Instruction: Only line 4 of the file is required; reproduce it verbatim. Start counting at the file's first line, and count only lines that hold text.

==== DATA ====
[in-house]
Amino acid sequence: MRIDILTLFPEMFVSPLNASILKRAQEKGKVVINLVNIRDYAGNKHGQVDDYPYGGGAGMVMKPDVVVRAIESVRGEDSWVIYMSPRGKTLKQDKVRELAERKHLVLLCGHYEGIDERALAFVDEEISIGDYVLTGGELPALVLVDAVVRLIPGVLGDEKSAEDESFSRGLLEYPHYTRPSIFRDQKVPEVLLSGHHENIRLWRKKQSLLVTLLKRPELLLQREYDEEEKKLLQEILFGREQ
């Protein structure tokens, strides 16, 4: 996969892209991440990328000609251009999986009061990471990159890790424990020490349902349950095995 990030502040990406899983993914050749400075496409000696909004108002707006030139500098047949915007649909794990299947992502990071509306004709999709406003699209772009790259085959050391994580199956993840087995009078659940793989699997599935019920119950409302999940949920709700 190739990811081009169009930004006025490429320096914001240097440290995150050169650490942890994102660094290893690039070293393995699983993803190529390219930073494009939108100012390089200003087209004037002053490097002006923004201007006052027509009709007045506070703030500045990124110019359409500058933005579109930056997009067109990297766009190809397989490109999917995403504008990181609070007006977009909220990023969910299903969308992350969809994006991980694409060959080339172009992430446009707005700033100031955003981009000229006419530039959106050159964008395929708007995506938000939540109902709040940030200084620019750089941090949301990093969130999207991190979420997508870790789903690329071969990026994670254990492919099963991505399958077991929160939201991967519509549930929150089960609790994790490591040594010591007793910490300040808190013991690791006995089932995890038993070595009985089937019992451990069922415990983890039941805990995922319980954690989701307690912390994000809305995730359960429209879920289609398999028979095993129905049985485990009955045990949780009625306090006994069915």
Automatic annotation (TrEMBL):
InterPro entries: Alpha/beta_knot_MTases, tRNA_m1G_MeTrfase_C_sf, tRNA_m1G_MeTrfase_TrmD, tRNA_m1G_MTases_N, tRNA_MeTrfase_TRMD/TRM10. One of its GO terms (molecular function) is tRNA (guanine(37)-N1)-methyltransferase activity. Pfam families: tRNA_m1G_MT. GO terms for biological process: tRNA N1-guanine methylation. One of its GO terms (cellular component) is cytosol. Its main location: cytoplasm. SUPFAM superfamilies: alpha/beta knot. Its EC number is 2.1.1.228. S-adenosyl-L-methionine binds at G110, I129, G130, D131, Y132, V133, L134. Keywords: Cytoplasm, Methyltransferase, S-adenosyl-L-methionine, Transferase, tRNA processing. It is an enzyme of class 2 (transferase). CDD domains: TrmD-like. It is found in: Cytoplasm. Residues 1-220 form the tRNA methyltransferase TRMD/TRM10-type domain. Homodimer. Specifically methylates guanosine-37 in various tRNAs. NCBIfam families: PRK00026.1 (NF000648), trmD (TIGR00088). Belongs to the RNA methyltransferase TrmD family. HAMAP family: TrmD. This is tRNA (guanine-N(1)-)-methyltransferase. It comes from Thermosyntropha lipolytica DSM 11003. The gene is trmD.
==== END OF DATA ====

Automatic annotation (TrEMBL):